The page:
A score to estimate the likelihood of detecting advanced colorectal neoplasia at colonoscopy
- Michal F Kaminski1,2,
- Marcin Polkowski1,2,
- Ewa Kraszewska2,
- Maciej Rupinski1,2,
- Eugeniusz Butruk3,
- Jaroslaw Regula1,2
- 1Department of Gastroenterological Oncology, The Maria Sklodowska-Curie Memorial Cancer Centre and Institute of Oncology, Warsaw, Poland
- 2Department of Gastroenterology and Hepatology, Medical Centre for Postgraduate Education, Warsaw, Poland
- 3The Polish Foundation of Gastroenterology, Warsaw, Poland
- Correspondence to Professor Jaroslaw Regula, Department of Gastroenterological Oncology, Institute of Oncology, Roentgen Street 5, Warsaw 02-781, Poland;
- Received 25 March 2013
- Revised 4 December 2013
- Accepted 9 December 2013
- Published Online First 2 January 2014
Objective This study aimed to develop and validate a model to estimate the likelihood of detecting advanced colorectal neoplasia in Caucasian patients.
Design We performed a cross-sectional analysis of database records for 40-year-old to 66-year-old patients who entered a national primary colonoscopy-based screening programme for colorectal cancer in 73 centres in Poland in the year 2007. We used multivariate logistic regression to investigate the associations between clinical variables and the presence of advanced neoplasia in a randomly selected test set, and confirmed the associations in a validation set. We used model coefficients to develop a risk score for detection of advanced colorectal neoplasia.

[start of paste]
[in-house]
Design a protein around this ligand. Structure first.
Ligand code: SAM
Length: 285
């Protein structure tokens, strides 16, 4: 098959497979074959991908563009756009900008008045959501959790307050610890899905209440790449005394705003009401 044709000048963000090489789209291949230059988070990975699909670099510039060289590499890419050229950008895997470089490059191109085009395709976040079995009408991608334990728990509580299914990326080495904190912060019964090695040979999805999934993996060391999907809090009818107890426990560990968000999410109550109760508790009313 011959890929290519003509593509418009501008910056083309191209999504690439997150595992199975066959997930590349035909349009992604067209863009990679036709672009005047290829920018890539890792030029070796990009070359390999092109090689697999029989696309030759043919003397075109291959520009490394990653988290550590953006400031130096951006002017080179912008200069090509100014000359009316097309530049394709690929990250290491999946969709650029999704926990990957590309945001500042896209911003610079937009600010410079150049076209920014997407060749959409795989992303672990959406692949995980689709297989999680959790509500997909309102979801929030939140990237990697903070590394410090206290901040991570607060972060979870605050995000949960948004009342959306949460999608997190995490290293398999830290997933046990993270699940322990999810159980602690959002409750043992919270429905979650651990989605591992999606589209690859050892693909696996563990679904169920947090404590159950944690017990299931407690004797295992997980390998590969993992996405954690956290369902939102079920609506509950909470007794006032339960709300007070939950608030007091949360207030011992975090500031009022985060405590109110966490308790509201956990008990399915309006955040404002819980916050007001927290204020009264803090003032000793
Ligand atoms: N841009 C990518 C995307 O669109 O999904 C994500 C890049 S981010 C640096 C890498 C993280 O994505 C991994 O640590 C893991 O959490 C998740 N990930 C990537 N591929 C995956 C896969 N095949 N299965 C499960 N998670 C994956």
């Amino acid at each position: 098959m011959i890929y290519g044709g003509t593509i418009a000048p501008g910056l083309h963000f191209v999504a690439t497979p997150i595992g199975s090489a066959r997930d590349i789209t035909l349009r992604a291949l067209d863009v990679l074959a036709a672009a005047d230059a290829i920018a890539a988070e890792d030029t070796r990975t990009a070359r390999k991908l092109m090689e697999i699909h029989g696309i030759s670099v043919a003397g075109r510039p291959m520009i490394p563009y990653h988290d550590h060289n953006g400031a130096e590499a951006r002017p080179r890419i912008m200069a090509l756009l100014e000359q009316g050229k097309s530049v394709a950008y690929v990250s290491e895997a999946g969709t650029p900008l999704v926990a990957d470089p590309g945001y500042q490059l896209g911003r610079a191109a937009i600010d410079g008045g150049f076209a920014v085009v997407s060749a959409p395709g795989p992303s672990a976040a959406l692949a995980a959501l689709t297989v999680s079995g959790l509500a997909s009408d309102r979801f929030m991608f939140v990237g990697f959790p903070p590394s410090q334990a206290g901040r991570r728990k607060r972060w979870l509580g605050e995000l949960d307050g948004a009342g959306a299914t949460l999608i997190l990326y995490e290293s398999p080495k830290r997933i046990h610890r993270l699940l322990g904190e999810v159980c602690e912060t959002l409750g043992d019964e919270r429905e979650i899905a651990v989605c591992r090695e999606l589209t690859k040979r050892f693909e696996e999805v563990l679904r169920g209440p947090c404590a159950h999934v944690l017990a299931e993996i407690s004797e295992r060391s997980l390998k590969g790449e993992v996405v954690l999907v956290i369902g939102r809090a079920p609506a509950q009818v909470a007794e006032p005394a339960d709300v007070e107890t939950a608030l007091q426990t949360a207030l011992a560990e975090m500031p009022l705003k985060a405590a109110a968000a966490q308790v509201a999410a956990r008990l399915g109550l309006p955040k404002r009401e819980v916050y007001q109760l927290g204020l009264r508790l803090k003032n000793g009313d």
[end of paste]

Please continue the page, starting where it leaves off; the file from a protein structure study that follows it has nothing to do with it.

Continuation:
Results Advanced colorectal neoplasia was detected in 2544 of the 35 918 included participants (7.1%). In the test set, a logistic-regression model showed that independent risk factors for advanced colorectal neoplasia were: age, sex, family history of colorectal cancer, cigarette smoking (p<0.001 for these four factors), and Body Mass Index (p=0.033). In the validation set, the model was well calibrated (ratio of expected to observed risk of advanced neoplasia: 1.00 (95% CI 0.95 to 1.06)) and had moderate discriminatory power (c-statistic 0.62). We developed a score that estimated the likelihood of detecting advanced neoplasia in the validation set, from 1.32% for patients scoring 0, to 19.12% for patients scoring 7–8.
Conclusions Developed and internally validated score consisting of simple clinical factors successfully estimates the likelihood of detecting advanced colorectal neoplasia in asymptomatic Caucasian patients. Once externally validated, it may be useful for counselling or designing primary prevention studies.
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